Attaining an ideal or reasonable placebo or sham is problematic and some practitioners
would claim that therapists who are required to use shams actually distort their practice.
The aim is always to use the best placebo/sham possible but even within allopathic trials,
researchers have to accept that it will have limitations.

Symptom/disease focus
Usually in allopathic medicine, the RCT has its focus on the specific effect of an intervention
on symptom(s)/disease. This is another area where the philosophical approach to care
differs as most CAM are far less focussed on disease or diagnostic groups and much more on
an individualised assessment of the client within the knowledge framework of the therapy.

Influence of the practitioner and the practitioner-client relationship

RCTs are characterised by a scientific, objective and detached approach to the outcomes of
the study. This is not to infer that allopathic researchers do not care, simply that they must
remain distant to the findings. Objective detachment is a considerable departure for most
CAM practitioners where a subjective, engaged, helping, holistic approach to healing is
utilised. Any study design that required a practitioner to work against their philosophical
framework would be inappropriate. Clients also bring high expectations with them to their
treatment sessions. The solution is to retain the holistic, reciprocal elements within the
research study but to state this explicitly and ensure that the design accepts this. The
practitioner-client relationship is an element in CAM that can be readily explored using
qualitative methodology.


Instead of simply condemning the RCT out of hand, the previous critique shows that CAM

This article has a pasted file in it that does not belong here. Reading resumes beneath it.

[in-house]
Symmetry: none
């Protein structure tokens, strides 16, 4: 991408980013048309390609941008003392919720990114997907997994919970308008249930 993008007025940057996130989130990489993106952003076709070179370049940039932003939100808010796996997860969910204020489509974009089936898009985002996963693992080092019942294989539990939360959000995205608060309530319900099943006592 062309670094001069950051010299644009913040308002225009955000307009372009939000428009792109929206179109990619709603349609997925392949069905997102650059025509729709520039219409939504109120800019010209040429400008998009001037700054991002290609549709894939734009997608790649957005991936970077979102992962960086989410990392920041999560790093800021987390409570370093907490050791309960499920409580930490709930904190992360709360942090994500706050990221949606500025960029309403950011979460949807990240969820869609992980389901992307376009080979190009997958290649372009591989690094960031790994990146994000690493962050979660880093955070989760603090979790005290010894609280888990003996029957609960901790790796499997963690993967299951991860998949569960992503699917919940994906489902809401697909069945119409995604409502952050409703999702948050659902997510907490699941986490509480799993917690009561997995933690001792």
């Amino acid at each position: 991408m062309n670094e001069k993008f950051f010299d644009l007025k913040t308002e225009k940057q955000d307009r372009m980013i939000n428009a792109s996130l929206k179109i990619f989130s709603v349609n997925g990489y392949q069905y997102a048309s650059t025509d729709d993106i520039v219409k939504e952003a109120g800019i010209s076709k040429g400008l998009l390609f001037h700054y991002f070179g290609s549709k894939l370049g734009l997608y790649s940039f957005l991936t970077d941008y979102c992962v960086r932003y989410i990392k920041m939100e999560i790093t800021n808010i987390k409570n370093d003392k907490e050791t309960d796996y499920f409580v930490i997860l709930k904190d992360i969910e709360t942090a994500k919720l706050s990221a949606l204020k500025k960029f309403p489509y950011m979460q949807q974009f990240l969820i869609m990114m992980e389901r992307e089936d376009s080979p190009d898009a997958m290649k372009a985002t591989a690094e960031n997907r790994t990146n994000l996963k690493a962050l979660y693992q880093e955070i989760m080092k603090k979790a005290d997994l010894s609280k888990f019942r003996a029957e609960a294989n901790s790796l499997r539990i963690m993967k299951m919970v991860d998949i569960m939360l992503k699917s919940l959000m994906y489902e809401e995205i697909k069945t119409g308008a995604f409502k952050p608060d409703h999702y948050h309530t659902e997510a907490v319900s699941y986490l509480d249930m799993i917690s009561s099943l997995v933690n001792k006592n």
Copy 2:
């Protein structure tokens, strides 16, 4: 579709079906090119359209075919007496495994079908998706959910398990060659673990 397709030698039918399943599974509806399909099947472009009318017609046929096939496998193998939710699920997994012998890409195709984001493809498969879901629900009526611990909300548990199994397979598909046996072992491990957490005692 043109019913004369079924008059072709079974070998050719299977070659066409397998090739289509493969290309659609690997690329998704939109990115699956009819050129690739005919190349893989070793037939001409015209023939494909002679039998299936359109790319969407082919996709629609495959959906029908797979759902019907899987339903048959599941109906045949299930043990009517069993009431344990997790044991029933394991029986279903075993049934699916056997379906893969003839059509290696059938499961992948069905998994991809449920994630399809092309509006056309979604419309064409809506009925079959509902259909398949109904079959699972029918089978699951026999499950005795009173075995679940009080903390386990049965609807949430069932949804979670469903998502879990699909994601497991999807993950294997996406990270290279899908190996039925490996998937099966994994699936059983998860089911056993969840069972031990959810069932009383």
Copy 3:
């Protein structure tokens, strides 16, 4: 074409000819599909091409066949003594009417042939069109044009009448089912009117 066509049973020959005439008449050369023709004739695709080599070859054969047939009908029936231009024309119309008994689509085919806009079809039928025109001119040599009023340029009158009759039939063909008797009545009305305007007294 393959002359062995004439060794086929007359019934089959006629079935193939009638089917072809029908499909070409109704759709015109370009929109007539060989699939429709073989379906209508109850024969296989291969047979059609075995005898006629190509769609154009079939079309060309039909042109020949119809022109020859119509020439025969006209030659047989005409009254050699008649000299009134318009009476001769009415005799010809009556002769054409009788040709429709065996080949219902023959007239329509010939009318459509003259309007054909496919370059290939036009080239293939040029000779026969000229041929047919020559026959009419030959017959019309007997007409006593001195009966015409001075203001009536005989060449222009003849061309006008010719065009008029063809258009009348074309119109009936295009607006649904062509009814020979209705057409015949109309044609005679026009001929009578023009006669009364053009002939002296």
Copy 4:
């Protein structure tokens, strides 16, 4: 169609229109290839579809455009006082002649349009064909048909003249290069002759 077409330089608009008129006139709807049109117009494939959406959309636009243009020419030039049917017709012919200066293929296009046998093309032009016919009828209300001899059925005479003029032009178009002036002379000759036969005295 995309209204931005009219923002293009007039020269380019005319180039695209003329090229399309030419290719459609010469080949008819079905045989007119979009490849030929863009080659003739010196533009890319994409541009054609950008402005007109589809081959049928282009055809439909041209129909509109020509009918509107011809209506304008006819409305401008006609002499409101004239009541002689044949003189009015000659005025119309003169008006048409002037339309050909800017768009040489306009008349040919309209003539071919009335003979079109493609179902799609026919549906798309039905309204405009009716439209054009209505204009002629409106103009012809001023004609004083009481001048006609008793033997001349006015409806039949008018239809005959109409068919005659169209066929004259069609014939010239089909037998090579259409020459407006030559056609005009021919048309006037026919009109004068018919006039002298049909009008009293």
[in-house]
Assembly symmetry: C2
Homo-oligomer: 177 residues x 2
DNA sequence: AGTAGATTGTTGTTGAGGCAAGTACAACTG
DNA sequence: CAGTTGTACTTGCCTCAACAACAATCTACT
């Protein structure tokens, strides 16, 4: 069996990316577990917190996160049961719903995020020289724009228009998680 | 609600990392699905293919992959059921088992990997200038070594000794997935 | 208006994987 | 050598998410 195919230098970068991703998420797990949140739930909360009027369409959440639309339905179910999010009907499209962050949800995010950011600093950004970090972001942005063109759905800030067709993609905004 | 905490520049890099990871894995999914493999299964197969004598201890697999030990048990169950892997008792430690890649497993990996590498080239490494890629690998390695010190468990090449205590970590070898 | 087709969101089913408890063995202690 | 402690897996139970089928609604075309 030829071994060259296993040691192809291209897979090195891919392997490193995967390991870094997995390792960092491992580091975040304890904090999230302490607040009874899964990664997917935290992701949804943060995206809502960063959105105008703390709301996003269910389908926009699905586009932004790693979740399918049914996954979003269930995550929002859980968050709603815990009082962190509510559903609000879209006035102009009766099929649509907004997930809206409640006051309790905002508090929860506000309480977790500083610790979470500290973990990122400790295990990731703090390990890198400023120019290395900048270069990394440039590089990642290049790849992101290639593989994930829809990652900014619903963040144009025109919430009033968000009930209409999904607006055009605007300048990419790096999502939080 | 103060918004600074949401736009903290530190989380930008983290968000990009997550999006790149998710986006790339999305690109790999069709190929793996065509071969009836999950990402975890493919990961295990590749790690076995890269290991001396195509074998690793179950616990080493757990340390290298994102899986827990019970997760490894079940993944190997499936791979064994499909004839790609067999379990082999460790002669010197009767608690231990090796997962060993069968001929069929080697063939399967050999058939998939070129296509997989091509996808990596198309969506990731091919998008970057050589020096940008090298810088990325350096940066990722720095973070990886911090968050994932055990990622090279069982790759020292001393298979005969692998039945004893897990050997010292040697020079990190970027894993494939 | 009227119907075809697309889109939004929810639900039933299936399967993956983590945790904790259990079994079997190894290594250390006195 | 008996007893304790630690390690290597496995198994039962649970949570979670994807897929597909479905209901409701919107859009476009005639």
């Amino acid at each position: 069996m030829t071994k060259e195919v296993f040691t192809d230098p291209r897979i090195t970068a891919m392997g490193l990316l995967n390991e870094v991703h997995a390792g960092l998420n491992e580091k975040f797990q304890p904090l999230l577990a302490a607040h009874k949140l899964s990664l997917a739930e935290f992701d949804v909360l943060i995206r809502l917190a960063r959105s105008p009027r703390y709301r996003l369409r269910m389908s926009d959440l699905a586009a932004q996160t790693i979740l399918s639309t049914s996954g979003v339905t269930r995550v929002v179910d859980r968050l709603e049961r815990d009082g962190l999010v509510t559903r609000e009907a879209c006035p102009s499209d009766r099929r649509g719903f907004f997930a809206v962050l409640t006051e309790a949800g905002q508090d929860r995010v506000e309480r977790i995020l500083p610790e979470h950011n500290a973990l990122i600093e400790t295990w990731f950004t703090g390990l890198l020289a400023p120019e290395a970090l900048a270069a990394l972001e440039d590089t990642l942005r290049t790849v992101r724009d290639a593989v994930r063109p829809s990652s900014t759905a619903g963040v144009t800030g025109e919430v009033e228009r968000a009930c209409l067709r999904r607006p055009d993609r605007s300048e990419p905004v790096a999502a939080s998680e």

can be amenable to RCT, albeit in a modified form. This article was born from some of the
thinking that was undertaken in designing a small scale study evaluating Bowen Therapy
on clients with frozen shoulder. The practitioners involved wanted a study that would
provide sound evidence, that would be understood by medical practitioners and yet which
would also capture the essence of Bowen therapy. Within the limited resources and time
frame available a compromise had to be reached that offered some hard (and by that the
general understanding was statistical) evidence as well as some softer data. I guess in some
ways the practitioners wanted the statistics to present to people working in a bio-medical
model but were intrinsically more interested in the qualitative data for themselves.
Hard choices always have to be made in respect to any research design. In many ways it is
problematic lumping all CAM together as if it is homeogenous. CAM is diverse. It
incorporates different techniques, methodologies and approaches (Owen et al., 2001) and
as such each therapy really deserves individual consideration in terms of research design.
RCTs have much to offer CAM but they have limitations (Hilsden and Verhoef, 1999). Other
methodological approaches are needed either to fill the gaps that cannot be addressed by
RCTs or to focus on research questions that could never be addressed by a very structured,
scientific approach. Mixed method approaches can complement each other (Sale et al.,
2002) and contribute to an overall stronger research design for CAM. Observation studies,
for example, can allow pragmatic investigation of areas that are not amenable to RCT
(Nahin & Straus, 2001). Qualitative approaches help researchers understand the meaning,
beliefs and expectations that patients ascribe to CAM interventions (Verhoef 2002). In
order for CAM to compete in the tough world that is allopathic medicine they still have to